“Transactions aren’t simple anymore,” he said. “This is not the same business it was when my father started.”
The business started in 1973 as L.H. Duncklee Refrigeration Inc. when Jonathan's father Les left an established contractor in the area to launch his own company. At one time, employees numbered nearly 40, but during the financial collapse of 2008 Jonathan had to severely cut his staff and decided to concentrate on residential customers rather than fighting for commercial and industrial work, as his father had done.
“He let me transform and shift the business to get out of the drama and high-risk stuff,” Duncklee said.
The company, he said, became a leader in promoting ductless technology which is now prevalent in so many homes because of its cost-efficiency and ability to be implemented in specific rooms rather than throughout the house, keeping costs down for consumers.
“That was a game-changer,” he said.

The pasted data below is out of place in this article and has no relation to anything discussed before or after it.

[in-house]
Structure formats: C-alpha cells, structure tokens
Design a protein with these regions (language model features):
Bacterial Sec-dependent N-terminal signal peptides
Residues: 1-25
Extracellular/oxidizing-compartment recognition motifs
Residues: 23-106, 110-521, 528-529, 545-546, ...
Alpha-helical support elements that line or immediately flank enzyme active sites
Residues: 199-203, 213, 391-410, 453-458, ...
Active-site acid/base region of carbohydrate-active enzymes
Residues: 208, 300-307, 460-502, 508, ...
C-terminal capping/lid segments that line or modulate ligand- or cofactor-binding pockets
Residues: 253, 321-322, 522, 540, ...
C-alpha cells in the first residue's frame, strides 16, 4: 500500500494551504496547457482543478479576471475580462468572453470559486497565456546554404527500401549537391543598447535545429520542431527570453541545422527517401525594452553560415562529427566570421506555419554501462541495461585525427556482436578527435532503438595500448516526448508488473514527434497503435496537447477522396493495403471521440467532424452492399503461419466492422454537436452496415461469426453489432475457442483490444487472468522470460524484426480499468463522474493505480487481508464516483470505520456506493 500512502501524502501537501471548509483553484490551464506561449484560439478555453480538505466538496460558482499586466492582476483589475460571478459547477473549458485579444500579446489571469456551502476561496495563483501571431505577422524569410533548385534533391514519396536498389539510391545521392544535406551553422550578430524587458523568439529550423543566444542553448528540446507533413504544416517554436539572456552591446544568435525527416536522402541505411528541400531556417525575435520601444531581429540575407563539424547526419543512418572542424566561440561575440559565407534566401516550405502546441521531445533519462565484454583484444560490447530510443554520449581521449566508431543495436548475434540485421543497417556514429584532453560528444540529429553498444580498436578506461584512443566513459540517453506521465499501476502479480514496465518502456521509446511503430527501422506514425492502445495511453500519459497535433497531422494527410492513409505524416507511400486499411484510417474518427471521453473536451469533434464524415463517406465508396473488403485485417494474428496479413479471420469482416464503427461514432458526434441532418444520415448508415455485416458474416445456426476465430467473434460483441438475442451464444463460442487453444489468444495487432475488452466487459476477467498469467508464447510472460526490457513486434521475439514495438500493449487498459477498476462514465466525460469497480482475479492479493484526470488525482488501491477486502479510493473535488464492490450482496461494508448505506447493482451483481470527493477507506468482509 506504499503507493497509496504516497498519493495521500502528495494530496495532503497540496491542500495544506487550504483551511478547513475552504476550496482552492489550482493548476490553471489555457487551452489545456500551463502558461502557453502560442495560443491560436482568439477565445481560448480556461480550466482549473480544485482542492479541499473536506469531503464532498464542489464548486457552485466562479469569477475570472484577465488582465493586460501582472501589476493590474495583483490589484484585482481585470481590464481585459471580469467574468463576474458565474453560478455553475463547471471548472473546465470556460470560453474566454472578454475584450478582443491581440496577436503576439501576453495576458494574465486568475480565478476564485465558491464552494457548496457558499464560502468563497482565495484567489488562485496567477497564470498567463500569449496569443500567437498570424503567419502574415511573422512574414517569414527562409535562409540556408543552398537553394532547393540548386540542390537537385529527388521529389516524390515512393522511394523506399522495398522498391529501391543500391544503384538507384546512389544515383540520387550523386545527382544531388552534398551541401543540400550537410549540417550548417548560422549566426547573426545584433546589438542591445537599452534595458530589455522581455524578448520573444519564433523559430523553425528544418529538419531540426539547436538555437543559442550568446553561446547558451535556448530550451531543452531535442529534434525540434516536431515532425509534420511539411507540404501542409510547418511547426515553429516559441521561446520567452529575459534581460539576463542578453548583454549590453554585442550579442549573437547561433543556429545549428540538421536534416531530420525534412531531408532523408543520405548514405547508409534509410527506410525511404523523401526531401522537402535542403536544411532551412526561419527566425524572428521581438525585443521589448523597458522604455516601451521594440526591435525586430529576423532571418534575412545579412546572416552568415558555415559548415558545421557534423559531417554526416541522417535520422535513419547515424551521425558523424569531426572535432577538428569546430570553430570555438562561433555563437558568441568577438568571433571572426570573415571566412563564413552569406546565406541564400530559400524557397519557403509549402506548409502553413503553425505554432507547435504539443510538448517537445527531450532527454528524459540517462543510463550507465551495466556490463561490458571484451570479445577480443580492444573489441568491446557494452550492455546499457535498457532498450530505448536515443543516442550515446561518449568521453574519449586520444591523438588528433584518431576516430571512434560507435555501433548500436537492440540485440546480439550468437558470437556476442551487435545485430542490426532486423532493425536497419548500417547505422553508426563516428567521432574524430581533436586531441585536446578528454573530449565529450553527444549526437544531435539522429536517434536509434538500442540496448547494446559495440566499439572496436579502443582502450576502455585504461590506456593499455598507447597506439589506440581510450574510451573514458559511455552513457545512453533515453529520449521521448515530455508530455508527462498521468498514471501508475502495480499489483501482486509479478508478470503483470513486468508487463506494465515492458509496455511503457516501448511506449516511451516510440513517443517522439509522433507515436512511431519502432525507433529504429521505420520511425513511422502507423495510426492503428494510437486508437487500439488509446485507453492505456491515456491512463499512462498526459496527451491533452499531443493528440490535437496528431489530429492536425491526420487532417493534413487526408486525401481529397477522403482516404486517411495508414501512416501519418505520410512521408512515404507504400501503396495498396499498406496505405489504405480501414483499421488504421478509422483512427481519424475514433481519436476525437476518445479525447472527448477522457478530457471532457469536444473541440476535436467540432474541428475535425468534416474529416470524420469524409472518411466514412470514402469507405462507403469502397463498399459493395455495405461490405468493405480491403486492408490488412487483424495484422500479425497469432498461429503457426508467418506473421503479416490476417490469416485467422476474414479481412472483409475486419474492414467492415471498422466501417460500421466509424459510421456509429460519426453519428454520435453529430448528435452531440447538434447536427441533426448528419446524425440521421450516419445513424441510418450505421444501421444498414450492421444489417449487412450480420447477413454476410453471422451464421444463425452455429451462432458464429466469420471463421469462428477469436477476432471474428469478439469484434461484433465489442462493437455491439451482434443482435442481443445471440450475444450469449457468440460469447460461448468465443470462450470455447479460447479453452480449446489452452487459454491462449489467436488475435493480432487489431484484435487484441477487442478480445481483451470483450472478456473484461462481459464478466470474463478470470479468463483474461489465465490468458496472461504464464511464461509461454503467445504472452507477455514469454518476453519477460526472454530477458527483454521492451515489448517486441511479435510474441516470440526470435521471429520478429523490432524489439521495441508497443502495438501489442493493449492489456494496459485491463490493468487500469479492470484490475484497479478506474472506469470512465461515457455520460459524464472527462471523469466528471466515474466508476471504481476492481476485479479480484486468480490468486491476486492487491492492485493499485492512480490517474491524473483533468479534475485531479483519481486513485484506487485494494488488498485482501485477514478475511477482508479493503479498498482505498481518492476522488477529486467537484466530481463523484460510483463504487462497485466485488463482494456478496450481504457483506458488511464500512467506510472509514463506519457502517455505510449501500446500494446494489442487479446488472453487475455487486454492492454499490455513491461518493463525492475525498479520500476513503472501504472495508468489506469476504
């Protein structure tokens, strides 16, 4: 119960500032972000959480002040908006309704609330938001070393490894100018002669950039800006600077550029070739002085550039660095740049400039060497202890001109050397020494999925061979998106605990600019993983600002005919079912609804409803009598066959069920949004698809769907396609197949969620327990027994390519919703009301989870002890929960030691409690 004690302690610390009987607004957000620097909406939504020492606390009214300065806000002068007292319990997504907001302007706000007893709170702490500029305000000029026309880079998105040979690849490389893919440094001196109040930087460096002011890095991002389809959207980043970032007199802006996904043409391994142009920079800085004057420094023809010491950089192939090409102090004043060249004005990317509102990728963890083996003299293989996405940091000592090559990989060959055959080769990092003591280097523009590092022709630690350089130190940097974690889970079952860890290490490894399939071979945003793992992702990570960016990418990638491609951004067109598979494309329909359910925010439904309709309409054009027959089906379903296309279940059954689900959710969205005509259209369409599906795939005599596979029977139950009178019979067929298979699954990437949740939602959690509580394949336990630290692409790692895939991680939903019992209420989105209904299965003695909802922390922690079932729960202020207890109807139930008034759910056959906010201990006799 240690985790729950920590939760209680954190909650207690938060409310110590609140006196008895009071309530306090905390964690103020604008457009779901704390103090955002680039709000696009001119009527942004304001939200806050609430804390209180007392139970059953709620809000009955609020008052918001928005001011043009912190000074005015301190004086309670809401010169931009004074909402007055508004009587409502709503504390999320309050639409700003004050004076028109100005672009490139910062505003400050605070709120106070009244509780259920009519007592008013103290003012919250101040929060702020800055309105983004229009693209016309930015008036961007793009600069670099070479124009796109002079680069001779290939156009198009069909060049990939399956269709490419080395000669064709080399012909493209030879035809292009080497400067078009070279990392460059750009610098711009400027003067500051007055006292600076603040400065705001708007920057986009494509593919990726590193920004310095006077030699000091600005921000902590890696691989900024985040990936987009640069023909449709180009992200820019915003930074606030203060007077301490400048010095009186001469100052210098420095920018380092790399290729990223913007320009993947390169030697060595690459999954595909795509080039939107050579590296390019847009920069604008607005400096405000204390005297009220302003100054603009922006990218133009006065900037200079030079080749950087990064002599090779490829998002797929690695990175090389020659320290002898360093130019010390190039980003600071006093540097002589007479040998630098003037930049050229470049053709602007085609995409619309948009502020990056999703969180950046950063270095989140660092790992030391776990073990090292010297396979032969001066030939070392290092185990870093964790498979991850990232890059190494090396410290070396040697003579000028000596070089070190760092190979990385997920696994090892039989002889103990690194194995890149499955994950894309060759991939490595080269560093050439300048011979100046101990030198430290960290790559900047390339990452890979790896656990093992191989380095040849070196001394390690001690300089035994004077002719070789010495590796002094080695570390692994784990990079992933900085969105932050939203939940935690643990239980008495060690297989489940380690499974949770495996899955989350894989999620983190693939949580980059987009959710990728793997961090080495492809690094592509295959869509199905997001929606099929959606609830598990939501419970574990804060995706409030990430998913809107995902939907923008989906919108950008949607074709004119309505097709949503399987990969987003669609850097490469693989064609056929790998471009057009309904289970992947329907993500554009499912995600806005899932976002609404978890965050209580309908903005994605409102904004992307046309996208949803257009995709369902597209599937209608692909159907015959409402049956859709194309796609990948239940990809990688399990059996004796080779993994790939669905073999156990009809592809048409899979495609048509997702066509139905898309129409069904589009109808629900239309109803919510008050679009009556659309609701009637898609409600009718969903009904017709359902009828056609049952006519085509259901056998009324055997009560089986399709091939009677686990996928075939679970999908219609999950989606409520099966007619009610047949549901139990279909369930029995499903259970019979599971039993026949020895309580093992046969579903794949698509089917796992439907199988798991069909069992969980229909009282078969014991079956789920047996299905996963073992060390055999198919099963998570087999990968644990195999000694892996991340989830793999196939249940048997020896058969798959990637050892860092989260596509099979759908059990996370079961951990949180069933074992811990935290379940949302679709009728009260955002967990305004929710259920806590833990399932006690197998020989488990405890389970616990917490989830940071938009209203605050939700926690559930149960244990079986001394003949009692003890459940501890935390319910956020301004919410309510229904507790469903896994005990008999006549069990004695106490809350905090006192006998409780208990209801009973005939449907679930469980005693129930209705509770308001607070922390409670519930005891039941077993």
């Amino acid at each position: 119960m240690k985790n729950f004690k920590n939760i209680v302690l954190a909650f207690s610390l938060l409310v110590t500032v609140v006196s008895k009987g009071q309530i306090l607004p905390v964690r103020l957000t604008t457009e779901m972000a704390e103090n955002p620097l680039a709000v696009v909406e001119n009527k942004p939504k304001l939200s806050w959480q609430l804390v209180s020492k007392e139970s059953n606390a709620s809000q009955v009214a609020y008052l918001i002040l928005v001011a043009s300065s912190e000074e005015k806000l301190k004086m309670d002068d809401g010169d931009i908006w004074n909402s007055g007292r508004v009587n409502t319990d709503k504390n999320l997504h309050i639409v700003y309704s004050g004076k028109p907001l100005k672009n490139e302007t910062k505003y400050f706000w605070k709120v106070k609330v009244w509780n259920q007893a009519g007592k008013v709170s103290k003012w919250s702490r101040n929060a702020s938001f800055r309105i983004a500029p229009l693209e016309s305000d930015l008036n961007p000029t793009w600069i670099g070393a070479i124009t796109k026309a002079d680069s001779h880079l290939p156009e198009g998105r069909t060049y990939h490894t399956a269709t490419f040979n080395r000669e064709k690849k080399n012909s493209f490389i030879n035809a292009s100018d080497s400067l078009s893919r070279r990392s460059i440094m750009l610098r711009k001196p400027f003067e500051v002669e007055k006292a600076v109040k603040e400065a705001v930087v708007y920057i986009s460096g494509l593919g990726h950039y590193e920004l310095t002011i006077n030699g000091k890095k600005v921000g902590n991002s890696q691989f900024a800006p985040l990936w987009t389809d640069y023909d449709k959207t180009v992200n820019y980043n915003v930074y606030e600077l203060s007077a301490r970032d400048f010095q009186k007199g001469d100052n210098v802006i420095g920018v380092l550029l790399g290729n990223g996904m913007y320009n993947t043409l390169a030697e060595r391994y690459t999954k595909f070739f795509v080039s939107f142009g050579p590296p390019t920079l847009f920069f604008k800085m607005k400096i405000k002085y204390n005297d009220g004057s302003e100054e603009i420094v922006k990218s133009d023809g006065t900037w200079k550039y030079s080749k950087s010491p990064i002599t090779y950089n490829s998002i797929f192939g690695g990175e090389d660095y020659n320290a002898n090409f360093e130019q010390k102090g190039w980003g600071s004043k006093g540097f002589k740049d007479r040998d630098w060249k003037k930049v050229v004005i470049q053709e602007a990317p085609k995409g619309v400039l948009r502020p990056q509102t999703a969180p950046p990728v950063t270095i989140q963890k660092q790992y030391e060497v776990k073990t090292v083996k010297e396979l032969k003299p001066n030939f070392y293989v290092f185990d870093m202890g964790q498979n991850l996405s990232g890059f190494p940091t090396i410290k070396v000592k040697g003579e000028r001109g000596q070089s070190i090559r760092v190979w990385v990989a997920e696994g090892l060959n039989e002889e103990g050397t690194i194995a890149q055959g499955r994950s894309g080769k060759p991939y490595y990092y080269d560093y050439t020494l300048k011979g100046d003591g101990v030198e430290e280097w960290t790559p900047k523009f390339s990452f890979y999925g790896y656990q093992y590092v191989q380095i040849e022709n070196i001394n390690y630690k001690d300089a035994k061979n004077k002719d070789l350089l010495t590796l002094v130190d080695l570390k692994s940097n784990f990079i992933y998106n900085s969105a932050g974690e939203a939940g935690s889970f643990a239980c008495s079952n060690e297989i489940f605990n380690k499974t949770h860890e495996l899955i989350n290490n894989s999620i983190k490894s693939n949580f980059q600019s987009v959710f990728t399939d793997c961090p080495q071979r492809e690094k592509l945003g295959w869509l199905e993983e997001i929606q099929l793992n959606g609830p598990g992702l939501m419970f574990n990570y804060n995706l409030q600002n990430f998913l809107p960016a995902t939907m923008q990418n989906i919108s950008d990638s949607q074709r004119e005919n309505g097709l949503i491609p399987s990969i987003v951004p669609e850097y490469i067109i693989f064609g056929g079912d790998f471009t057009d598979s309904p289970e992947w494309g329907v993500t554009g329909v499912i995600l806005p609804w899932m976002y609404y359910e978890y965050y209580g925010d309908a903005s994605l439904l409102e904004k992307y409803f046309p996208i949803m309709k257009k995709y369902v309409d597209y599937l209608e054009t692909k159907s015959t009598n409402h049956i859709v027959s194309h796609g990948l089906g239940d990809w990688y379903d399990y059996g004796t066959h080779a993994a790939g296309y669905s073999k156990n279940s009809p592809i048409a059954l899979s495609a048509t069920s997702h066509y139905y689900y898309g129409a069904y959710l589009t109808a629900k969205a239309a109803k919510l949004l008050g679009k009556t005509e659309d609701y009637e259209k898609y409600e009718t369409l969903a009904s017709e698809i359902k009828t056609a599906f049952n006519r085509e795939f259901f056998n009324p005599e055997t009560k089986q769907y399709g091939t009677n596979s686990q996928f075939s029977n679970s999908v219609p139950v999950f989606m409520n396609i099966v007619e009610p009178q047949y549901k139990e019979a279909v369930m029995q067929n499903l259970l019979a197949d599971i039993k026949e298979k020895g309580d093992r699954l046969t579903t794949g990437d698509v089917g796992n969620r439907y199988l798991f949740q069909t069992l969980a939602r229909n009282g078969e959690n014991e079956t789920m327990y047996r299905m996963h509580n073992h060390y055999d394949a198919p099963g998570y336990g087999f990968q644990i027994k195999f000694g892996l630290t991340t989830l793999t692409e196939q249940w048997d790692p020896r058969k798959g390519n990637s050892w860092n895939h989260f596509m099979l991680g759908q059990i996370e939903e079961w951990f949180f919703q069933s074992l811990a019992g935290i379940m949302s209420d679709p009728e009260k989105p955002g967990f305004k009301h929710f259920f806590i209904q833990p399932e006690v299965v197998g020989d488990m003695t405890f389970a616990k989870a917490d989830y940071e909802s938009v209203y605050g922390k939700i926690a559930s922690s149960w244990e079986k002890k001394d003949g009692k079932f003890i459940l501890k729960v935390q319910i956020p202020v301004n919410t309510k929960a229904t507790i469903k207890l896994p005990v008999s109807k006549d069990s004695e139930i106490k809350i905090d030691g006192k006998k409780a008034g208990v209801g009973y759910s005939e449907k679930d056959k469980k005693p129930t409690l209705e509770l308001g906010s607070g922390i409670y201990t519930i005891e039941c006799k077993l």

Duncklee said switching to residential customers has been a sweet spot for the company, allowing him to offer a concierge service that now puts him in the “indoor comfort business.”
Les Duncklee died in 2014, not long after the company’s 40th anniversary celebration, and Jonathan has since put together a Founder’s Room with memorabilia that includes several variants of the company uniform shirt as well as pictures and testimonials.
“If it wasn’t for him,” he said, “who knows where you’d be. ... He saw something in me that I never saw in myself.”
Duncklee said he promotes a professional atmosphere, providing branded vans and uniforms for employees to wear on the job as well as a well-run back office with up-to-date software to promote smooth communication between technicians and customers.
But he also knows when to change things up, such as his decision to build a kitchen in his offices during COVID. He also instituted a pet rotation that allowed employees to bring in their furry friends. Duncklee’s own dog Jessie has been a fixture at the shop for the past decade.